The economic downturn has hit African start-ups hard, with Sendy laying off 20% of its workforce. It’s his second layoff in two months.
Sendy, a Kenyan startup that facilitates e-commerce in Africa, has announced that it will close one of its products, Sendy Supply, laying off 20% of its staff.
Sendy Supply was originally a product built to help retailers buy affordable inventory directly from multiple manufacturers and distributors, but as the startup shifted its focus to another product, Sendy Fulfillment. , is paused.
This move is due to the fact that startups areThe current reality is affecting technology companies around the world. ” Due to the business model shift, Sendy will lay off 54 staff, or 20% of its current 270 employees.
According to Bloomberg, in 2021 the Nairobi-based startup was aiming to raise $100 million to expand its operations and improve trade efficiency in African countries such as Egypt, Ghana, South Africa and Nigeria.
In January 2020, Sendy raised a $20 million Series B backed by Toyota Tsusho, Atlantica Ventures, Enza Capital, and Asia-Africa investments to expand its competitive edge in the West African logistics industry.
Founded in 2015 by Mesh Alloys, Evanson Biwott, Don Okoth and Malaika Judd, Sendy connects clients to drivers and vehicles to deliver goods.
Speaking about the startup’s decision and announcement, the co-founder and CEO of Mesh Alloys said the move “consolidates efforts on solutions that will reach more customers and address current and pressing market challenges.” Recognizing the increasing ubiquity of commerce and the opportunities it presents for businesses, we founded (Sendy) Fulfillment to support online merchants with the tools they need to sell and fulfill directly through digital platforms. We are doubling it.”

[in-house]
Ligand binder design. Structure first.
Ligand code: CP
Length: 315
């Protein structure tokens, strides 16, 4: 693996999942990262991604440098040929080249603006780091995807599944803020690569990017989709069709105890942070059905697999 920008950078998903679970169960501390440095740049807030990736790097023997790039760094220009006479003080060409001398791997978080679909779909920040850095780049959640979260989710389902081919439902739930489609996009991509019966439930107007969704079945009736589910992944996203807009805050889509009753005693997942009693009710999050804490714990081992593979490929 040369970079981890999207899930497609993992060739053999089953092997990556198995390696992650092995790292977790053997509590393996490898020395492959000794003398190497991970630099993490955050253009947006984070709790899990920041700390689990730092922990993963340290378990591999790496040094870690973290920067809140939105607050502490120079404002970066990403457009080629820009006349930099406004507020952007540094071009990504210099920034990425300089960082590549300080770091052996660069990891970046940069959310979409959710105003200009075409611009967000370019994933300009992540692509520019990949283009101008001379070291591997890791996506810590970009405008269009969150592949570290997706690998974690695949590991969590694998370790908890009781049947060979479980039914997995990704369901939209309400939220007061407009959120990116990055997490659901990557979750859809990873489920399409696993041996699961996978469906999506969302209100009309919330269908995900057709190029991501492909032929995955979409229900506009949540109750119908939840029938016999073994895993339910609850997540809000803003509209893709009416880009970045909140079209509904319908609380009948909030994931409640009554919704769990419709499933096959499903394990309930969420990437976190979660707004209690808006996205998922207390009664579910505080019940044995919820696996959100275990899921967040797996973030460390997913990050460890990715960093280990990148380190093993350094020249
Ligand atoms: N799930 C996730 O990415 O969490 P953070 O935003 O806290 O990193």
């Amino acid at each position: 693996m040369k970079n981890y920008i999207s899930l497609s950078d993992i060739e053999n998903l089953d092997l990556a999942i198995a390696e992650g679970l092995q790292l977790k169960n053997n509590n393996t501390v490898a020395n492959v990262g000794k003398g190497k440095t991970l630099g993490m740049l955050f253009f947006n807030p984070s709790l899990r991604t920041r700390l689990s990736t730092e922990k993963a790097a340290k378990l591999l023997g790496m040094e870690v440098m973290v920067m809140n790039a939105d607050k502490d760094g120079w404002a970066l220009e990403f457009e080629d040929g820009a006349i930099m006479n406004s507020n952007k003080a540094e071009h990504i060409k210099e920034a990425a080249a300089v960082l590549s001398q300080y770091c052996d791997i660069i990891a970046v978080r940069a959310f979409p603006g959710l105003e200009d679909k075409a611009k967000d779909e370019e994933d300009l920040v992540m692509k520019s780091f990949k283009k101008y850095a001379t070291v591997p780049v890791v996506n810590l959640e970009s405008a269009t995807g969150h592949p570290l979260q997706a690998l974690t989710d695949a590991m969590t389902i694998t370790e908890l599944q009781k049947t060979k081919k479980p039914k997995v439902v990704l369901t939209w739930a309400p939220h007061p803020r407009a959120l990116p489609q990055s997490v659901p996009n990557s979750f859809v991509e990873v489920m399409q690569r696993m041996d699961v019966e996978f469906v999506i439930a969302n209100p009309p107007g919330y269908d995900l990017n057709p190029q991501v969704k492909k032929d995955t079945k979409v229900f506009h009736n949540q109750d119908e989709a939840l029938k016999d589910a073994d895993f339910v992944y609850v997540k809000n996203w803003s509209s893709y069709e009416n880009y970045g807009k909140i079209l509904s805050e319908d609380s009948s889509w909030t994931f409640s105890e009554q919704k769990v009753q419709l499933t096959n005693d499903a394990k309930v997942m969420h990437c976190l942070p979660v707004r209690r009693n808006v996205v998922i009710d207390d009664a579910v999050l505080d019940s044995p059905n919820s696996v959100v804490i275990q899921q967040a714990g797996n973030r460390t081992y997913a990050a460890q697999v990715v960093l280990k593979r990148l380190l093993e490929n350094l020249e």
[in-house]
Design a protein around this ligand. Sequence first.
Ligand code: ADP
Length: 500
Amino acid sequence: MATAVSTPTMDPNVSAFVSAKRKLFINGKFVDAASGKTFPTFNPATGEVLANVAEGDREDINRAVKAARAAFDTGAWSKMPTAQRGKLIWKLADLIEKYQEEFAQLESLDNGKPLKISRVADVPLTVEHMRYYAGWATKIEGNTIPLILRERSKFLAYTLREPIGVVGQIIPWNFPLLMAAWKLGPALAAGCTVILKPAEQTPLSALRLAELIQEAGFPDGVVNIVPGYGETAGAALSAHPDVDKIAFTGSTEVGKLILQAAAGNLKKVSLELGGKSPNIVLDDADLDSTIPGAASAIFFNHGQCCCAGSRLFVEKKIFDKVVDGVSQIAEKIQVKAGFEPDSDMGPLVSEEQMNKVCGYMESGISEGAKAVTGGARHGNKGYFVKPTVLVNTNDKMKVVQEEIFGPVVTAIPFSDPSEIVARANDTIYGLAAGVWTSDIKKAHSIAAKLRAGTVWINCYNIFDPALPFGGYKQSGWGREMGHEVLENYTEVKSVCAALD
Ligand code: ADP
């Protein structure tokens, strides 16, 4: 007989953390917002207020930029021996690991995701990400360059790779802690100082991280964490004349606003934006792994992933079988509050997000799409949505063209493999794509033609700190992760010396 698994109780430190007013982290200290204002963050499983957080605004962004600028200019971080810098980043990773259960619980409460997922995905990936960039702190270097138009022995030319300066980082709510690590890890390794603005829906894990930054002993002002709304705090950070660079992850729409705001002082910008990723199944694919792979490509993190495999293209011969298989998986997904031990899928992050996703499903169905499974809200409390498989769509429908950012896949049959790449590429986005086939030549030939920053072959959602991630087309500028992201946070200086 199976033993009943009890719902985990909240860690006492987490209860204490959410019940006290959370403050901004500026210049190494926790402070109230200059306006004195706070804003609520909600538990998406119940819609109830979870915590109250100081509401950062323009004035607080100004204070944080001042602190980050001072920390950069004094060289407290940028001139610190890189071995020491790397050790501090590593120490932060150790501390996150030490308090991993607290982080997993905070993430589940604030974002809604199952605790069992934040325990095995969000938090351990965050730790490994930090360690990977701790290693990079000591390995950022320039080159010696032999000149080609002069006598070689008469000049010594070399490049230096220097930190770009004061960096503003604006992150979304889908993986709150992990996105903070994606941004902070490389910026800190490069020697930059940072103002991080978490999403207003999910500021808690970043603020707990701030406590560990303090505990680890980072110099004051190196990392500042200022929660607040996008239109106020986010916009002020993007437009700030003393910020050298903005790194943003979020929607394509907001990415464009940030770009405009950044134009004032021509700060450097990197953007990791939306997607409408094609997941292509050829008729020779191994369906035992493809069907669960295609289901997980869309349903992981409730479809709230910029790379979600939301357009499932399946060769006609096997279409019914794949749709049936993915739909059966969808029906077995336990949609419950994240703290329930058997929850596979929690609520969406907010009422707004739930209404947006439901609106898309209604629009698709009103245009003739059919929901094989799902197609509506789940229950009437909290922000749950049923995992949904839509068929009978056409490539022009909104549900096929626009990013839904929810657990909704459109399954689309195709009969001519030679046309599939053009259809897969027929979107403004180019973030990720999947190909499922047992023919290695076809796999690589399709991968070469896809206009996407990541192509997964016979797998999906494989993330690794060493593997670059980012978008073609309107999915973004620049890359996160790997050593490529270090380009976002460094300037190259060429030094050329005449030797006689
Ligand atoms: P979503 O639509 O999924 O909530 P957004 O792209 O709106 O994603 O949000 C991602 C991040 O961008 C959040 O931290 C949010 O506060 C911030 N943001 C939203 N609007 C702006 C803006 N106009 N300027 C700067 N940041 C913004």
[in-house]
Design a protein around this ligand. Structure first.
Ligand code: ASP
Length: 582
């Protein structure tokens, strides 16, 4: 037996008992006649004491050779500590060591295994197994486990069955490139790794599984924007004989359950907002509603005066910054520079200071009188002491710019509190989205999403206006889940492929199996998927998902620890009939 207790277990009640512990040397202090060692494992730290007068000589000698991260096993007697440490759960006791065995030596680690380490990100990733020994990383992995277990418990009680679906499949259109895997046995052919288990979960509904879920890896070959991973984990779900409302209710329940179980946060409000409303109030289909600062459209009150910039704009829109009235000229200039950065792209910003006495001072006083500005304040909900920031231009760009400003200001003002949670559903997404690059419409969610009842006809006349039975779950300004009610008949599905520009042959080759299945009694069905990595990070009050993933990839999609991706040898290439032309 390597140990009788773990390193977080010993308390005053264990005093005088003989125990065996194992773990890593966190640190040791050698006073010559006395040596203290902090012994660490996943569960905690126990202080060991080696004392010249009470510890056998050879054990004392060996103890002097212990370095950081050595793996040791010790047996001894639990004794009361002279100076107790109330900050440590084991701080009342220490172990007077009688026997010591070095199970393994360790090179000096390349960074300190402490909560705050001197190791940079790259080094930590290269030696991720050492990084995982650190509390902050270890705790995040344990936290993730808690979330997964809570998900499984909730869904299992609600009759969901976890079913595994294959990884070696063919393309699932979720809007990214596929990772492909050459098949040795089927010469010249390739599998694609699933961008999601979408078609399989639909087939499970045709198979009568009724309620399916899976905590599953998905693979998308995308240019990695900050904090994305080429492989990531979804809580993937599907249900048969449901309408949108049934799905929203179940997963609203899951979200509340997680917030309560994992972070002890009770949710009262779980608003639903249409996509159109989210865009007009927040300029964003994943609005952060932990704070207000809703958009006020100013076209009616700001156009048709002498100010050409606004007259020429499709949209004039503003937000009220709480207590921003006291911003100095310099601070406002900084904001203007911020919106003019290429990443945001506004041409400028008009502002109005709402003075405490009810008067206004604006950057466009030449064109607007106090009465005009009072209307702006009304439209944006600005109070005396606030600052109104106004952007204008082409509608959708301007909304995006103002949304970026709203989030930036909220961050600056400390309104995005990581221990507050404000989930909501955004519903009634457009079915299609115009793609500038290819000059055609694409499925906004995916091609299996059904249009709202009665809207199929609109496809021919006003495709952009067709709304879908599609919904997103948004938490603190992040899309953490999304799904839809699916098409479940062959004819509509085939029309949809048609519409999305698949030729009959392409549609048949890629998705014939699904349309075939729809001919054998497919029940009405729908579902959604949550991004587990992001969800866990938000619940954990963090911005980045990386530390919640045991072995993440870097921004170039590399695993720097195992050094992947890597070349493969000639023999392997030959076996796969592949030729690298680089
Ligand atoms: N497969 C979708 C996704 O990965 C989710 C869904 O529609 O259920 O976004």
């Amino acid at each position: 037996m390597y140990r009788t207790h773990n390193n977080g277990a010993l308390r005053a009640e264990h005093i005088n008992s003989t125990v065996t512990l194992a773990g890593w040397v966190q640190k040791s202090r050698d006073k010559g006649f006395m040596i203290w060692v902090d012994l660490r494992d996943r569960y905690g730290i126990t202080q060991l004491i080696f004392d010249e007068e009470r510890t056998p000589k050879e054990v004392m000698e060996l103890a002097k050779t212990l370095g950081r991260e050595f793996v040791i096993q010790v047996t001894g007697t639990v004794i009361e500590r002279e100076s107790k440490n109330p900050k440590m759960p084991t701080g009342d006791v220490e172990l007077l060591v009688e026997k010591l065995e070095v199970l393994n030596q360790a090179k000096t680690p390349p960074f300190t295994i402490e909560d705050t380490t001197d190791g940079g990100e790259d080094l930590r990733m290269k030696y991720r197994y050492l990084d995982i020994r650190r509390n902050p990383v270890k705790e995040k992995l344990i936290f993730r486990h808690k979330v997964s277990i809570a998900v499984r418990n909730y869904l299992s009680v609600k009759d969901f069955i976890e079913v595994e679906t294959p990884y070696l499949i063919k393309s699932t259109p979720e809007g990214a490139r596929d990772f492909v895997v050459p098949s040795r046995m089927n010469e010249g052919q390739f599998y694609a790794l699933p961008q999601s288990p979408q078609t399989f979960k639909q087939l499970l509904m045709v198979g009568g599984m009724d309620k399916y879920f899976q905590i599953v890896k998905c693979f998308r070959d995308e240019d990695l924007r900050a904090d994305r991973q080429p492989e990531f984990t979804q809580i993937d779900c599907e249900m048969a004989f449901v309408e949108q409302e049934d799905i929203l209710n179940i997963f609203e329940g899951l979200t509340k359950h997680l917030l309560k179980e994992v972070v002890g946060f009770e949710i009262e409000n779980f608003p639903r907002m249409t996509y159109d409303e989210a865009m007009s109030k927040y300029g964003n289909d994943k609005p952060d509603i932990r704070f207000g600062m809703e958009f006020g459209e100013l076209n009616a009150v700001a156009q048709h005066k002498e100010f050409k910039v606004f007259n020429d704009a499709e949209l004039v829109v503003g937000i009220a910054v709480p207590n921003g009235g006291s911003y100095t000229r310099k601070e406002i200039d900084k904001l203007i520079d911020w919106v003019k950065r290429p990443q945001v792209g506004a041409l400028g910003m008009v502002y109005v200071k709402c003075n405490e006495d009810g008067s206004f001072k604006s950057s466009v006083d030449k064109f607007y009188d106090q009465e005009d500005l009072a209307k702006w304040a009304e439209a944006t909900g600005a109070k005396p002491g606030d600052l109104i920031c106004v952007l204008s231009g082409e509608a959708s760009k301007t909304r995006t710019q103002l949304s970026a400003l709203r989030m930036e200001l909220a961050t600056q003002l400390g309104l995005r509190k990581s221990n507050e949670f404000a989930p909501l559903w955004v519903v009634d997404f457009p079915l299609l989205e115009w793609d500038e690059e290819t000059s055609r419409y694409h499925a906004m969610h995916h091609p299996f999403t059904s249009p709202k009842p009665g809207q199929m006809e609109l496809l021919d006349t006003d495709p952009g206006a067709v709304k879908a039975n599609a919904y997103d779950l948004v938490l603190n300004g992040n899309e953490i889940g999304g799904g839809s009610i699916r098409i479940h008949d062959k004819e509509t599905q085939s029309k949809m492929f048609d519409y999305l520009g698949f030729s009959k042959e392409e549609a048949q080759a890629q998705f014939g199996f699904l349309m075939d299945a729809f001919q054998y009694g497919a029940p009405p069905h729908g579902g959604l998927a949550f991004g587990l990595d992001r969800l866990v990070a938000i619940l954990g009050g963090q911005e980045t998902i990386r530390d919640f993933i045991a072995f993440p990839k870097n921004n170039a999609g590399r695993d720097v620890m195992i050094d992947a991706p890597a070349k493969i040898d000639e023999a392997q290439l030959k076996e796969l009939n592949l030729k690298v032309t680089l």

Sendy Fulfillment is one of the startup’s offerings that allows e-commerce businesses to store and distribute their products. This streamlines the startup’s entire product line into Sendy Transport and Sendy Fulfillment.
mesh continues. We believe this integrated service offers a great opportunity to solve the challenges faced in warehousing, packaging, and last-mile delivery for businesses large and small. ”
Global recession hits African startups hard
2022 has been a challenging year for startups around the world. Rising prices, inflation, war in Ukraine and rising interest rates have made attracting venture capital a very difficult task for most startups.
The global recession predicted by Y Combinator in May 2022 is hitting African startups hard. There have been numerous shutdowns, layoffs and staff pay cuts across the African tech ecosystem.
In June 2022, Kune Foods, a Kenya-based cloud kitchen that offers affordable ready-to-eat meals, closed its operations. Sky.Garden, another Kenyan startup, has announced that it will cease operations by October 16th.
MarketForce, an end-to-end informal merchant distribution platform backed by Y Combinator, raised a $40 million Series A debt and equity round in February 2022 and laid off 9% of its workforce in July. did.
Wave, the French-speaking African fintech unicorn, also cut 15% of its workforce in July 2022. Rather than laying off employees, the startup cut salaries by he 30-50% to cut costs and keep the business going.